By Kate Miller
An older cow of ours is showing signs of age, as time slows for no man or beast. Recently, she stood cleaning the new bull calf at her side. Moved by the act of tender compassion compelled by the instinct of mother nature, I just sat and watched her awhile. This will be her last season. I know this, as I survey her health and the implications time is having on her skeleton. But the calf at her side is robust and healthy, even though she is now just a shadow of what she was before. Still, she keeps doing what she was born to do, faithfully providing for this, her last calf.
She bears the brand of my grandfather, meaning she was born here and his hands some years ago chose her to stay. She was born before I left home. She was born before I myself was grown. She was born before my grandfather died. The brand on her hip tugs at my heartstrings. She is one of the last living beings connecting my late grandfathers’ life to this piece of ground. As I watch her, I wonder what he saw in her years ago. I wonder how many seasons of our life she witnessed?
She survived the drought. A sign that when we sold everything but the best few, a desperate act to ease the burden on the ground and to give those that remained the best chance at a comfortable life, she was again chosen to stay. How many years has she wandered this land with a calf at her side?
Sentimentality is hard in this business. So often we are painted as soulless vendors of life for consumption. Yet as I watch her lick this calf on a warm fall afternoon, I am overwhelmed with gratitude for her life and for his—and simultaneously my heart aches for what will come. It is my responsibility to care for her, to make her comfortable where I can and keep her as healthy as modern medicine and mother nature will allow. And this winter we will ease them through. Through to one last spring, when the fields turn green and the weather turns warm and the bull calf at her side no longer seeks her out for comfort and shelter. We will help her in this last season.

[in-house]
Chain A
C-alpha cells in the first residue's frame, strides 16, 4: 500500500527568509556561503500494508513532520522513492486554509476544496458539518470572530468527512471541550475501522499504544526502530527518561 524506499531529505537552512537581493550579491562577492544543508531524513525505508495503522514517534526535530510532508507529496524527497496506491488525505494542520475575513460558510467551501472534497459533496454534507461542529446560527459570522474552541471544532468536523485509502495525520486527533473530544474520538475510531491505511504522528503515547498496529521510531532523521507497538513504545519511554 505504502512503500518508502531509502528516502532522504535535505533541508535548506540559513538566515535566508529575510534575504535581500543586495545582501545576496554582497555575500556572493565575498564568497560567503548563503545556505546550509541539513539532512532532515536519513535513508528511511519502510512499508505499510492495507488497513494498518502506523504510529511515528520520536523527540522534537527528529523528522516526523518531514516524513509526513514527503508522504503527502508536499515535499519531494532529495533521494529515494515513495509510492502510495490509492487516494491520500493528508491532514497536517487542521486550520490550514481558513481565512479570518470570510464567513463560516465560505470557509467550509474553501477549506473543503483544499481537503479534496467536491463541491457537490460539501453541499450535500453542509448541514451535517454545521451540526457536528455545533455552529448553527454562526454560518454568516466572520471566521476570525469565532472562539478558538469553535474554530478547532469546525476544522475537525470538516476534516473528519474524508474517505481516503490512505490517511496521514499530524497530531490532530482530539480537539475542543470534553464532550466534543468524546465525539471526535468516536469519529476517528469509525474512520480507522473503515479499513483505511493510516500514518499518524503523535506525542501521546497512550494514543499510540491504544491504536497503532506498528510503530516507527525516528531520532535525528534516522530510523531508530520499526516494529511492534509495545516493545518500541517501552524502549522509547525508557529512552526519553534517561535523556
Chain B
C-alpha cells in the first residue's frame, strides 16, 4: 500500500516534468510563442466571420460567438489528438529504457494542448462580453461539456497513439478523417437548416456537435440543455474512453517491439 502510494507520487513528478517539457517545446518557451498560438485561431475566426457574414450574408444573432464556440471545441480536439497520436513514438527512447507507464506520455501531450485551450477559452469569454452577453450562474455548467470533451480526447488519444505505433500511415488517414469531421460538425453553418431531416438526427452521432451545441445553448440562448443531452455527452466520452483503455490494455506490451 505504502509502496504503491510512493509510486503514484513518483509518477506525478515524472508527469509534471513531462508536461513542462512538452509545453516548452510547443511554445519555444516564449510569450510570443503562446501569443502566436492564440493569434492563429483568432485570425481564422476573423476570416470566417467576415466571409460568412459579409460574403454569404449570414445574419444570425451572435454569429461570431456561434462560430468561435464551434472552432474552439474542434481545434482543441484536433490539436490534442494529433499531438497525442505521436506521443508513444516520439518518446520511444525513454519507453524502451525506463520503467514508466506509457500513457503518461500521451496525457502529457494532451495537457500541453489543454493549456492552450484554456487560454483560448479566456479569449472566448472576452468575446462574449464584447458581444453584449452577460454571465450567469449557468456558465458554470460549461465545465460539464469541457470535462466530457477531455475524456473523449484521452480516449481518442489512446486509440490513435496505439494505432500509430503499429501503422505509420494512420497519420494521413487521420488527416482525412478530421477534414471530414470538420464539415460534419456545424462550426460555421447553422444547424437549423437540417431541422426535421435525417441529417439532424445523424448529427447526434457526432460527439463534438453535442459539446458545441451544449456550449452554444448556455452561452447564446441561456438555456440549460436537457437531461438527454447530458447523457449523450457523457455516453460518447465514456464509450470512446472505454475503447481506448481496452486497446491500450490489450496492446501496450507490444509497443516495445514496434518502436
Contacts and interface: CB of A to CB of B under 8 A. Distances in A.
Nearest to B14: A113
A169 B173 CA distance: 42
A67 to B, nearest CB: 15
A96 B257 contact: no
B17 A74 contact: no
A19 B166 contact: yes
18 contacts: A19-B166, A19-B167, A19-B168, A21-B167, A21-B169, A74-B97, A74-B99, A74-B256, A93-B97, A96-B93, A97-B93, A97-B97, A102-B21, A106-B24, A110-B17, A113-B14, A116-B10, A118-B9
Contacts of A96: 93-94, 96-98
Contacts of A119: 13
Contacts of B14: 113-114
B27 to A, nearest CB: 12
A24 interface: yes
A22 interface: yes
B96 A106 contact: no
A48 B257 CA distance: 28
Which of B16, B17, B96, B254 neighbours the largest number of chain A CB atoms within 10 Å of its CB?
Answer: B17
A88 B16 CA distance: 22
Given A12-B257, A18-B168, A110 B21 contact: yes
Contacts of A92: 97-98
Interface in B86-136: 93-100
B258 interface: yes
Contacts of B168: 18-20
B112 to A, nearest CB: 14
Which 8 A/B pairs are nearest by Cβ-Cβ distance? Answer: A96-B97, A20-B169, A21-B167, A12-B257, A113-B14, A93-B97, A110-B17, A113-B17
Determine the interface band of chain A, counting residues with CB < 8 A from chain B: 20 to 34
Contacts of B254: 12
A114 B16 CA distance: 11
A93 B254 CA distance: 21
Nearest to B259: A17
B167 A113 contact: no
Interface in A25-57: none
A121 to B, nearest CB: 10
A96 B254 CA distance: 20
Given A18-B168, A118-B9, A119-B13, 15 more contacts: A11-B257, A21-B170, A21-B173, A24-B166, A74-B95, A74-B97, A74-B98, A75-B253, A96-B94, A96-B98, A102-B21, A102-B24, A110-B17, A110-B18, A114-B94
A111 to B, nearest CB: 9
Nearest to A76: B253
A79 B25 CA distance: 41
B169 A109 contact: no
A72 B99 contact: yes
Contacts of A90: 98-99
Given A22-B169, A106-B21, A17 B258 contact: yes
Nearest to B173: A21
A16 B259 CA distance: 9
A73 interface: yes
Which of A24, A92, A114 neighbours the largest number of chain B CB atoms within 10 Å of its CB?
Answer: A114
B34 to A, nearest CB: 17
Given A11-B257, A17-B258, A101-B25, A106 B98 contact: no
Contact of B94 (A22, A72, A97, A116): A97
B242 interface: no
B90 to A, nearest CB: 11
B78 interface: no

The brand she wears on her hip is a symbol of our common legacy and the history we share together. There will be a truck that leaves this spring, but she will not be on it. She will once again be chosen to stay. She was born here, and this land has been the only home she has known. For us as her earthly companions, the burden falls to us to make these arrangements. Yet, is it not the core of our calling to keep empathy for the life within our care? We are not just the keepers of life, but it is also our responsibility, when necessary to be a hand of mercy. To us it falls to bring comfort to the sick, to bring healing when we can and then to bring relief to suffering when healing fails. To gently touch the lives entrusted to us and to never lose our capability for compassion, even when the road grows dim.
So raise this last baby momma. Let us help you to the finish line. Let us walk with you to the end and we will honor the work you did and the life you gave to us. Raise this last baby and then you can rest. You can rest here on the land that raised you and the land you sustained, and when the veil of this life is lifted, perhaps with the spirit of the cattleman whose weathered hands first chose you, you can continue to roam these hallowed hills.
This last baby, this last season, the last of his chosen cattle. In this winter of your life sweet momma, we will honor you and the legacy you represent.
Kate Miller, current Fort Worth resident, keeps her roots planted in Mena on the 3rd generation family farm. This column is a reflection of lessons learned on the farm, the adventure of selling beef in the big city and the reminder that there really is no place like home. Follow her on Twitter: @the_meat_lady and Facebook: Kathryn Miller.